In the world of animal rescue we commonly hear the phrase “Who rescued who?”, this poignant play on words suggests that the pets we have rescued have in turn rescued us. I do not disagree with this phrase, in fact, I proudly boast a bumper sticker saying exactly that. Though in my years of rescue rehabilitation, fostering and dog training I can’t help think it could have an alternate meaning. You see the majority of the dogs that come through our rescues and local shelters could have been rescued much earlier. By proper training and socialization, early on in their lives, many dogs can be saved from shelter life. 96% of dogs relinquished to shelters had not received any obedience training and the majority of those surrendered dogs were 5 months to 2 years of age. As a dog trainer, I constantly emphasis the importance of socialization and early training to my puppy classes not only because it will make them great dogs but because I know it can save these pups from ending up in a shelter someday.
A puppy’s socialization period lasts from approximately 7 to 16 weeks of age. During this time, a puppy develops the seek-avoidance blueprint they will use for the rest of their life when encountering novel items. A well socialized puppy is less likely to become fearful and therefore much less likely to become aggressive. You see a little known fact is that 90% of aggression in dogs is based on fear. There is nothing more sad to me than a dog backed into the corner of his crate growling and snapping at me as I attempt to leash him or even give him a treat. This dogs is saying, “Get away from me! You are making me uncomfortable! I am a big, mean, scary dog and I want you to get away from me NOW!” Most people would just write this dog off to a bad dog not thinking about why he is acting this way. Perhaps this dog had never been out of his house, didn’t get the opportunity to meet a variety of different people or dogs, wasn’t used to a loud environment, the list could go on and on…the realm of socialization is as vast as there is matter in this world.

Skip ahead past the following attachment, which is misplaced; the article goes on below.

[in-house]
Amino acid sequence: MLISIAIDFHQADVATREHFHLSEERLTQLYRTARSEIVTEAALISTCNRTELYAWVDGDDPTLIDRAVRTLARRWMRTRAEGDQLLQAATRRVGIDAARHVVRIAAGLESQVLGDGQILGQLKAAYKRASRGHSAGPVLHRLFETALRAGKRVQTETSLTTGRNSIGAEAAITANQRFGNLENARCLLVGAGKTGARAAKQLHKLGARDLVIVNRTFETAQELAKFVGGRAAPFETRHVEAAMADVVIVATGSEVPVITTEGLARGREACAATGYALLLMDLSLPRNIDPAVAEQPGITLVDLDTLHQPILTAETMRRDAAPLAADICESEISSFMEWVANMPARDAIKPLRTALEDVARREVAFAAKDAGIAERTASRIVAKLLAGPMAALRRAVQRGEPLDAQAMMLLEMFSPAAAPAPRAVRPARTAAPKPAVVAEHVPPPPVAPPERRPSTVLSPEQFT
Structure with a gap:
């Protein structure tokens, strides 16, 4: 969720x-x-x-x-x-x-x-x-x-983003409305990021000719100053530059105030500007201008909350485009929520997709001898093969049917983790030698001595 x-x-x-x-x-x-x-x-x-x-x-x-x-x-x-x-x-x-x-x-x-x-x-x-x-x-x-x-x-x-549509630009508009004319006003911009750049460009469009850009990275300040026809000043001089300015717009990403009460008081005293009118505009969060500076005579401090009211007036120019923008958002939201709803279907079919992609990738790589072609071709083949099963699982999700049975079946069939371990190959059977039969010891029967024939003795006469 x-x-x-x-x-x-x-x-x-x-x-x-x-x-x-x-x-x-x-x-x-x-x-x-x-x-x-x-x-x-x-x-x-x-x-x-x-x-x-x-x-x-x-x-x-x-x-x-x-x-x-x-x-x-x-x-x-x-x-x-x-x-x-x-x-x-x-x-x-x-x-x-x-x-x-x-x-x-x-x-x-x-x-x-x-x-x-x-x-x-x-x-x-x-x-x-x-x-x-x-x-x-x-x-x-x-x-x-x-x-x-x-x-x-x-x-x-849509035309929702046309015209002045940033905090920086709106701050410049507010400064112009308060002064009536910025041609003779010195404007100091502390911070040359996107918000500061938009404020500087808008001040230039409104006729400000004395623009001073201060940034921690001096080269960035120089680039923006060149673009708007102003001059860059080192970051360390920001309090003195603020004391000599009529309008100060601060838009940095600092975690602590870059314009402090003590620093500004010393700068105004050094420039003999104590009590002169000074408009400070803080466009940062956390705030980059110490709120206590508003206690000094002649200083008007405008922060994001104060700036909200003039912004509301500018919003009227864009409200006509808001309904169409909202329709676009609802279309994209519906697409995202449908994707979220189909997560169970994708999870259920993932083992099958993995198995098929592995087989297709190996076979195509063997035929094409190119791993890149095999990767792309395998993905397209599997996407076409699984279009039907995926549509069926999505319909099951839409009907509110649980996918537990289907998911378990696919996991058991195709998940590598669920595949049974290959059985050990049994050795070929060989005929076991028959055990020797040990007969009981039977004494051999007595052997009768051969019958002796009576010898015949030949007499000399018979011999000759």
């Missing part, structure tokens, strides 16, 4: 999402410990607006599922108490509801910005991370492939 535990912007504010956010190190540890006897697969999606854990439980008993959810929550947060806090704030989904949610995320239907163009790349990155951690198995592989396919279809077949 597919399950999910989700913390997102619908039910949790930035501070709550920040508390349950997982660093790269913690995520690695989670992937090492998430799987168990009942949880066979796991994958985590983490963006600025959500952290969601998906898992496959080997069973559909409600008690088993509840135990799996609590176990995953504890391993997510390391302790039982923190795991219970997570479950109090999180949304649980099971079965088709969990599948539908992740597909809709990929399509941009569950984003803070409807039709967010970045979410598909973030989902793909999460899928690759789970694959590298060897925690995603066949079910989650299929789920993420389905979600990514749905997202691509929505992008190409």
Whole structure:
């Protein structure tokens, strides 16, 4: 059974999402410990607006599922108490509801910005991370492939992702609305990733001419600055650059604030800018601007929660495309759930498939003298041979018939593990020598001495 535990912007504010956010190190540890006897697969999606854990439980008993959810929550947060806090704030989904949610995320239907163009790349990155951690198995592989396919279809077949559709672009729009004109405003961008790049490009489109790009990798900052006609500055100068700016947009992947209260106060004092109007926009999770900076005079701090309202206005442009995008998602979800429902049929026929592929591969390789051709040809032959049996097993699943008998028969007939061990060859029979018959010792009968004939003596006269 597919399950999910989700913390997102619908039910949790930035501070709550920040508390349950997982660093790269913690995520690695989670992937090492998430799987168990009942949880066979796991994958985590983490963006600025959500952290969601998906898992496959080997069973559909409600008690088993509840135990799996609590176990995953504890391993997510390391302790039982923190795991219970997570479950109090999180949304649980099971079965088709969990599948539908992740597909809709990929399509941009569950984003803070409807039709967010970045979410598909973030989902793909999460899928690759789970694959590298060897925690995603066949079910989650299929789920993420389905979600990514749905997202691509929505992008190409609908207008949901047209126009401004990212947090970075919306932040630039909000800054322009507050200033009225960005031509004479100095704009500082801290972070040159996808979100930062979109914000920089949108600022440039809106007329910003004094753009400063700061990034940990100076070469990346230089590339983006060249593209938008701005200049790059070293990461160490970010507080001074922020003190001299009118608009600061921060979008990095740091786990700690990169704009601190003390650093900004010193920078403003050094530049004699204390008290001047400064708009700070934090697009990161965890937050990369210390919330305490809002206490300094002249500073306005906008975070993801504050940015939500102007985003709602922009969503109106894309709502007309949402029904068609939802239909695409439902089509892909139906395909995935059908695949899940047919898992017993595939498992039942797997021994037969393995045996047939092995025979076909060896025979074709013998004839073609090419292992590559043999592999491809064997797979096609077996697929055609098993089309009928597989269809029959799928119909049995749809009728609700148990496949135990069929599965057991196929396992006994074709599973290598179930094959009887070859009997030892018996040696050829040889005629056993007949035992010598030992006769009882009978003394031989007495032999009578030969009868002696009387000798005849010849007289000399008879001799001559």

Proper training of the basic commands such as sit, down, come, stay, leave it and loose leash walking could save many of these dogs too. Most dogs relinquished at an early age were done so because the owner could simply not handle them. “They just don’t listen!” Dogs don’t speak human and humans don’t speak dog BUT a basic training class with your dog you can bridge that communication gap. The simple commands such as “sit” and “stay” can stop a rambunctious dog from jumping all over guests. A “leave it” and “down” could teach your dog not everything goes in their mouth and relaxing on a dog bed or mat somewhere is a lot better than stealing human food off of the dinner table. And there is of course walking politely, no one wants to walk a dog that drags them around the neighborhood, so many of these dogs are just not walked. This leads to bored dogs that are full of energy which is a recipe for destructive behavior!
A lot of dogs that end up in shelters were not relinquished. They just got out of the yard, got lost and never made it back home. Microchipping your dog can save your dog in this situation, but that is another article completely. The key here is having a solid, reliable recall or “come” command with your dog. Being able to call your dog and have them reliably stop whatever it is they are doing and turn and run to you at full speed is not something they are born with knowing. Plus most of the time you are much more boring than whatever they have just found to roll in the in the neighbors yard. This is where proper training comes in again. A reliable recall can be taught at an early age and continued to be practiced throughout the dog’s life. I still practice recalls with my 9 year old Aussie and am proud to say I can call her off of a squirrel in full run! A reliable recall can save your dogs life in many ways; stop them from running out in front of a car because the neighbors cat was teasing them in the front yard or your 5 year old son left the front door open and of course stop them from running away and being picked up by animal control. How reliable is your dog’s recall?
So, Who Rescued Who? Let’s start saving our dogs before they end up in the shelter and rescue systems. If you haven’t already, sign up for a Puppy Socialization and Manners, Adult Basic Manners or Private In Home training class with a certified professional dog trainer. Not only could it save your dog’s life in the future, it will help you establish a clear communication system and create a strong life lasting bond with your dog.
Amanda Pingston, CPDT-KA
Every Dog Has Its Day
“Positive training for the every day dog!”